R. V. Latimer Case Study

Topics: Family, Crime, Police, Mother, Health care, Law / Pages: 5 (1187 words) / Published: Oct 12th, 2015
The reason I chose this case was due to the fact it was a popular case throughout my childhood and because my cousin was a quadriplegic and had a form of cerebral palsy where she was limited to being taken care of by medical and hospital staff I was just a small child at this time my family would have regular visits with her One summer she got extremely sick and went into a coma my aunt then had to make the decision to keep her on life support or to let her go So this case is very relevant to what happened but under different conditions and circumstances.
According to the events depicted in R.v. Latimer 1994 On October 24 1993 Mrs. Latimer and her 3 children were out to Sunday church during that time Robert Latimer and Tracy Latimer were at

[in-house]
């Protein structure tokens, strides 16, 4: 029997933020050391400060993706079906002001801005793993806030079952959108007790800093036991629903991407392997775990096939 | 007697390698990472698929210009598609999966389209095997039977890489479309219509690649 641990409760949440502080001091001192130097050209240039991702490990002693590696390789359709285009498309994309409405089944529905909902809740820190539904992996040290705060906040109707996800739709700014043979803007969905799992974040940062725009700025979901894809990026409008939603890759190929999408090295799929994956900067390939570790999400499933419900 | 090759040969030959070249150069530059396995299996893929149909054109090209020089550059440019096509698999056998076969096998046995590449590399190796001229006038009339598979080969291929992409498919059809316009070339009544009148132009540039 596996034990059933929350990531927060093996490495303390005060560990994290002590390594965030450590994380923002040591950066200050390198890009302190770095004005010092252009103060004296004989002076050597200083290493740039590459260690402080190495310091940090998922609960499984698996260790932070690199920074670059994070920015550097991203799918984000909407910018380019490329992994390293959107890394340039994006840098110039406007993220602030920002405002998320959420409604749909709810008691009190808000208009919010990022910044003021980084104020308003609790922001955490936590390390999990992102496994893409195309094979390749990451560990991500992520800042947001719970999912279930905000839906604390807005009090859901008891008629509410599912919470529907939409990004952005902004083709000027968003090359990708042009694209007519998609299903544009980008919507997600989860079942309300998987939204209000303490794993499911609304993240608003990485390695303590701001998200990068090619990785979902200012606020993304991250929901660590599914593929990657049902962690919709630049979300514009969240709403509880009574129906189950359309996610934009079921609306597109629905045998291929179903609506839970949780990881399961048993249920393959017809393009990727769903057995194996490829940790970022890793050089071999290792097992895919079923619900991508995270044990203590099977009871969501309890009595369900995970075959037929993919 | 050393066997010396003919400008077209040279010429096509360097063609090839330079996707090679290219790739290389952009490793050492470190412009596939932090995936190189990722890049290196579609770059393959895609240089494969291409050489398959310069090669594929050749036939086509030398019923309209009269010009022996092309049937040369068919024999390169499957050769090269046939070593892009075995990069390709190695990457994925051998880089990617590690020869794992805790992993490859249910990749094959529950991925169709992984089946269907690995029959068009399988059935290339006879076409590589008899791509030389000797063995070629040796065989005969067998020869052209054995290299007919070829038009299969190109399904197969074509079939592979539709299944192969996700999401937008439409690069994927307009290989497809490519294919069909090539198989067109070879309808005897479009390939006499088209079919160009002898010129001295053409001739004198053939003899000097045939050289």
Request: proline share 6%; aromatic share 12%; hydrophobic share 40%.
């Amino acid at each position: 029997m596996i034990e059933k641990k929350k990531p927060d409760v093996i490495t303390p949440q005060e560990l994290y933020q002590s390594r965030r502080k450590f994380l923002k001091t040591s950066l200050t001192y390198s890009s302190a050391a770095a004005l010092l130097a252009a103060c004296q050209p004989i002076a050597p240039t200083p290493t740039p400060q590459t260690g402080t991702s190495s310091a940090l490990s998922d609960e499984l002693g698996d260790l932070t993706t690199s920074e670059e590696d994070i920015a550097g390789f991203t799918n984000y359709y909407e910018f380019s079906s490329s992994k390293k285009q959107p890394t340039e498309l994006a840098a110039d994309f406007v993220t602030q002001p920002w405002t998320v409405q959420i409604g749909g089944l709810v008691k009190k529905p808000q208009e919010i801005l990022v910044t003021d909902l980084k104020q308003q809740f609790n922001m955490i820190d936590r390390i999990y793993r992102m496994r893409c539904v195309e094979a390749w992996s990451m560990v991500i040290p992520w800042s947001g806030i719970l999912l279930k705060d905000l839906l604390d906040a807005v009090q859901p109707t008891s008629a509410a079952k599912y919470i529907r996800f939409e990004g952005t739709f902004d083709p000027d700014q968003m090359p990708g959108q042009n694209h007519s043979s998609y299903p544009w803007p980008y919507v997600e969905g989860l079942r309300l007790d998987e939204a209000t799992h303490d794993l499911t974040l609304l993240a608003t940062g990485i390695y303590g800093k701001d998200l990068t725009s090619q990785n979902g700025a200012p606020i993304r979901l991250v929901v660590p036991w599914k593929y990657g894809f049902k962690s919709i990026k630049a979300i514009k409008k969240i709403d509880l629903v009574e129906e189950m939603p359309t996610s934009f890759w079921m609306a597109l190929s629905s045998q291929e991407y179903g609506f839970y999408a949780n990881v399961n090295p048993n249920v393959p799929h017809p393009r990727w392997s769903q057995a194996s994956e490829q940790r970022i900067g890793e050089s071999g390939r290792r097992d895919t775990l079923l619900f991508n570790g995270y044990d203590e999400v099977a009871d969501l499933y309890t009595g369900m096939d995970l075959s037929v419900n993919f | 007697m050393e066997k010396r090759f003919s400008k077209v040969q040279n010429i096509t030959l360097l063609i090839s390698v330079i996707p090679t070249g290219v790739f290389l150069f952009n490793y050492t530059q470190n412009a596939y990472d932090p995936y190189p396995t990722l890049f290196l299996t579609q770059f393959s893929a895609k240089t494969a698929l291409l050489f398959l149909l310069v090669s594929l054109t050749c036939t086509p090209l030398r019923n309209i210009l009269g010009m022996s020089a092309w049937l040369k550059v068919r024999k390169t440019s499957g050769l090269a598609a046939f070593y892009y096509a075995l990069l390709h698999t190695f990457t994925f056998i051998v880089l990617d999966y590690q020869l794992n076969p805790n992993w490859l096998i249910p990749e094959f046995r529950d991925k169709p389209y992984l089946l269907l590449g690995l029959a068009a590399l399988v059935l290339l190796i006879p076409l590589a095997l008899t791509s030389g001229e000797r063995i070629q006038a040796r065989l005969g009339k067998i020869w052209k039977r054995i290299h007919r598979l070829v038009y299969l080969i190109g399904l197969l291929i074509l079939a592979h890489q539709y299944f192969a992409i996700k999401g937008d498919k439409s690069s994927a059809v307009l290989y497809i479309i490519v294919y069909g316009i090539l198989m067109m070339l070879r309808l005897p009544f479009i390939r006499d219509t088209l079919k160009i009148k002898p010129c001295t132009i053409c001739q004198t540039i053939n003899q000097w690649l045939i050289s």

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1046) The police knew of Tracy’s cause of death which had aroused their suspicion towards Robert so they had reasonable grounds to believe he was involved in an indictable offence In the final submission and the argument of the defence they stated that Roberts statements were not voluntary and he had experienced pressure from the two officers, and the statements should be excluded This pressure did not amount to trickery and did not affect Robert’s decision between right and wrong in his answers and did not deprive him of the right to remain silent during the questions (R.v. Latimer, 1994) Later in November 1994 Latimer had been found guilty of 2nd degree murder sentenced to 10 years He was then released on bail while his case was being appealed to the Supreme Court of Canada the Supreme Court then ordered a new trial due to interference with the jury The second trial then resulted in a 2nd conviction of 2nd degree murder he was then given a mandatory minimum 10 year sentence for 2nd degree murder They then found 10 years to be cruel and unusual punishment which is under the Canadian Charter of Rights and Freedoms s.12 which states “Everyone has the right not to be subjected to any cruel and unusual treatment or punishment.”(Martin, 2016, pg. 1919) Latimer was then sentenced to 10 years with no possibility of parole he then served half of his time in a provincial jail and half on his farm The Supreme Court then began to launch clemency petitions in 2001 Latimer also began to serve his sentence in William Head Prison during that year In 2007 Latimer had requested day parole from the national parole board he stated that killing his daughter was the right thing to do and he was then denied day parole

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